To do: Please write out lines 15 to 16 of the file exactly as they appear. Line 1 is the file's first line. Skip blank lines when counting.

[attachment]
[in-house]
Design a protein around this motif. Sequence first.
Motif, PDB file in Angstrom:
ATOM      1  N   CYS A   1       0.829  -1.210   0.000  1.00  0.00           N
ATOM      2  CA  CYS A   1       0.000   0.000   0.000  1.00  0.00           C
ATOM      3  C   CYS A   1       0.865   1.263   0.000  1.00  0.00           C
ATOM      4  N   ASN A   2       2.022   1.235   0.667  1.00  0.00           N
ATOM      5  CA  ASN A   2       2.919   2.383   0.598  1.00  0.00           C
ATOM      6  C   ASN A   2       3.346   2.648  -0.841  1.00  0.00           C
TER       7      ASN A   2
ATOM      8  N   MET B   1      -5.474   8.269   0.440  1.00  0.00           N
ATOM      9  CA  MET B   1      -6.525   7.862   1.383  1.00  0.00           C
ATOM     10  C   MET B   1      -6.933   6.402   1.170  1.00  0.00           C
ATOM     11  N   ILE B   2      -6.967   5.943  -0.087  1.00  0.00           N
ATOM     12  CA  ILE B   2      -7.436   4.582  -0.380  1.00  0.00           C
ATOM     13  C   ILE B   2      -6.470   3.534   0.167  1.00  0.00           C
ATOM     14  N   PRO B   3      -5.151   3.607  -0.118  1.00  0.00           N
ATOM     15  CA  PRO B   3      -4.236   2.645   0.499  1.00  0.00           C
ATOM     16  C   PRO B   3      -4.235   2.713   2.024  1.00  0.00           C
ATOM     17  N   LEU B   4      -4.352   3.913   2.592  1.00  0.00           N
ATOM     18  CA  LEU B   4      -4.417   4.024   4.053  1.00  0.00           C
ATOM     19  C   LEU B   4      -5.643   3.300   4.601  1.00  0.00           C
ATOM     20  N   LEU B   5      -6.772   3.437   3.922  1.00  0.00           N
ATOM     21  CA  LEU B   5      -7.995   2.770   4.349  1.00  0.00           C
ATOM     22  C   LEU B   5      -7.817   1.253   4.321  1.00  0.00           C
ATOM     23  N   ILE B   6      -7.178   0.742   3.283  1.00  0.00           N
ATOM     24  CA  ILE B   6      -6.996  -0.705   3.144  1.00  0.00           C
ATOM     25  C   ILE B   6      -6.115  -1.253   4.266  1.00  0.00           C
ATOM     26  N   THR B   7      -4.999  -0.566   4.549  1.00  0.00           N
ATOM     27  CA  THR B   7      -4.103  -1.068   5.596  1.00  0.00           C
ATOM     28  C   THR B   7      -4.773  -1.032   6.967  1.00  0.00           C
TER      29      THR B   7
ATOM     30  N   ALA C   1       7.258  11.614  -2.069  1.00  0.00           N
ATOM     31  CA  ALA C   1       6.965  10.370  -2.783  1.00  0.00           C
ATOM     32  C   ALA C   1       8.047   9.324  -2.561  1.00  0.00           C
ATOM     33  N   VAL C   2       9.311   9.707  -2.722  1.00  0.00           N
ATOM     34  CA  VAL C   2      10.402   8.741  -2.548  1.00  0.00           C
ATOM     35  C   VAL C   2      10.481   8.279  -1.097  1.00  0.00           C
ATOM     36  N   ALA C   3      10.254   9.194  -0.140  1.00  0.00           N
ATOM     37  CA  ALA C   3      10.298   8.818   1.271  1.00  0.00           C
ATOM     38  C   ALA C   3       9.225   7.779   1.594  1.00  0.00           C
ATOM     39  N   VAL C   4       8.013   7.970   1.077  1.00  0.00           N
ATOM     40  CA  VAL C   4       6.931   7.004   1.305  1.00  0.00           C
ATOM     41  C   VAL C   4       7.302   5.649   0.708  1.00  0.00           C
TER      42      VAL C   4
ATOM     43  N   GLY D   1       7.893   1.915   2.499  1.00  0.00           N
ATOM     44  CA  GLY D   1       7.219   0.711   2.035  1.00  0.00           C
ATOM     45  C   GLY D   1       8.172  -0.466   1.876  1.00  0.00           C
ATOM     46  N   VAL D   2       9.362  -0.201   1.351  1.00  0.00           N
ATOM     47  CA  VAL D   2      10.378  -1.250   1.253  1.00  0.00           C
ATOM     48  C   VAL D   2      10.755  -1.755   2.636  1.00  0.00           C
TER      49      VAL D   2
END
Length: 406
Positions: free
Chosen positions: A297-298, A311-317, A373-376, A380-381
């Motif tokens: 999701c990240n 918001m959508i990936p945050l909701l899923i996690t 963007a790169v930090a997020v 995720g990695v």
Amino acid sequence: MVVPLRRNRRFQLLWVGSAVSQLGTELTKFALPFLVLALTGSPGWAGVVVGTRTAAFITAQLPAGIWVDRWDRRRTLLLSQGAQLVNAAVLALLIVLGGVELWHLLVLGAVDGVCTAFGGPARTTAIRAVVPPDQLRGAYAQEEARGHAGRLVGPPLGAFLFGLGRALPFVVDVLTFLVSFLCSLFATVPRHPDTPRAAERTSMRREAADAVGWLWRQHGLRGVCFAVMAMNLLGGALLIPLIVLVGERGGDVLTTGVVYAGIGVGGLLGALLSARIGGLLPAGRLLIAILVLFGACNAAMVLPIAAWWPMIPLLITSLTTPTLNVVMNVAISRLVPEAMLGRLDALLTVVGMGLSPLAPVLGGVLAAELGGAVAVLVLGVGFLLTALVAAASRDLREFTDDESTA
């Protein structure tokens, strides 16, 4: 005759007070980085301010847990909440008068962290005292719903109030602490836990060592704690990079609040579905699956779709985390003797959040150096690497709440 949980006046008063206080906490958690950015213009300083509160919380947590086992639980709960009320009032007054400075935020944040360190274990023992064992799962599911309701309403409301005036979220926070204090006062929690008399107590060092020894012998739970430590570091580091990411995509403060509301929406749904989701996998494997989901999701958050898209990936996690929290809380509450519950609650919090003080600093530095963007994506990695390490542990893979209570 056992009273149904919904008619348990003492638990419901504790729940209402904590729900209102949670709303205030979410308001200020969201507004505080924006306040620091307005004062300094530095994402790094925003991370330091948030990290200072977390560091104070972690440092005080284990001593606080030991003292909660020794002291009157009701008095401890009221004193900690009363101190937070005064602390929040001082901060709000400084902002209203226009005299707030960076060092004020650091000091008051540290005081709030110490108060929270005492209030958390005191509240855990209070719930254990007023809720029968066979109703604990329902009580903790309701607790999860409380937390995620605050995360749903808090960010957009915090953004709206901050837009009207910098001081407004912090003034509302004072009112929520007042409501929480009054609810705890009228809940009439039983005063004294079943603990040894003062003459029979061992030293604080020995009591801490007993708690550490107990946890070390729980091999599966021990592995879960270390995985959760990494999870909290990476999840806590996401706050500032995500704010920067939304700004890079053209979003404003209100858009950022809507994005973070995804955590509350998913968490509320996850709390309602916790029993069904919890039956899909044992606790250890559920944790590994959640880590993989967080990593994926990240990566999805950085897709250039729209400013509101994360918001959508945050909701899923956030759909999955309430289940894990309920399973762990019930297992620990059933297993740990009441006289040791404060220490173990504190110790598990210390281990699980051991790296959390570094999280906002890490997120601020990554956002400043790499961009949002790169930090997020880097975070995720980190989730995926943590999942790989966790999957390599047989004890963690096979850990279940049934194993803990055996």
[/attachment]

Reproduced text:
ATOM     12  CA  ILE B   2      -7.436   4.582  -0.380  1.00  0.00           C
ATOM     13  C   ILE B   2      -6.470   3.534   0.167  1.00  0.00           C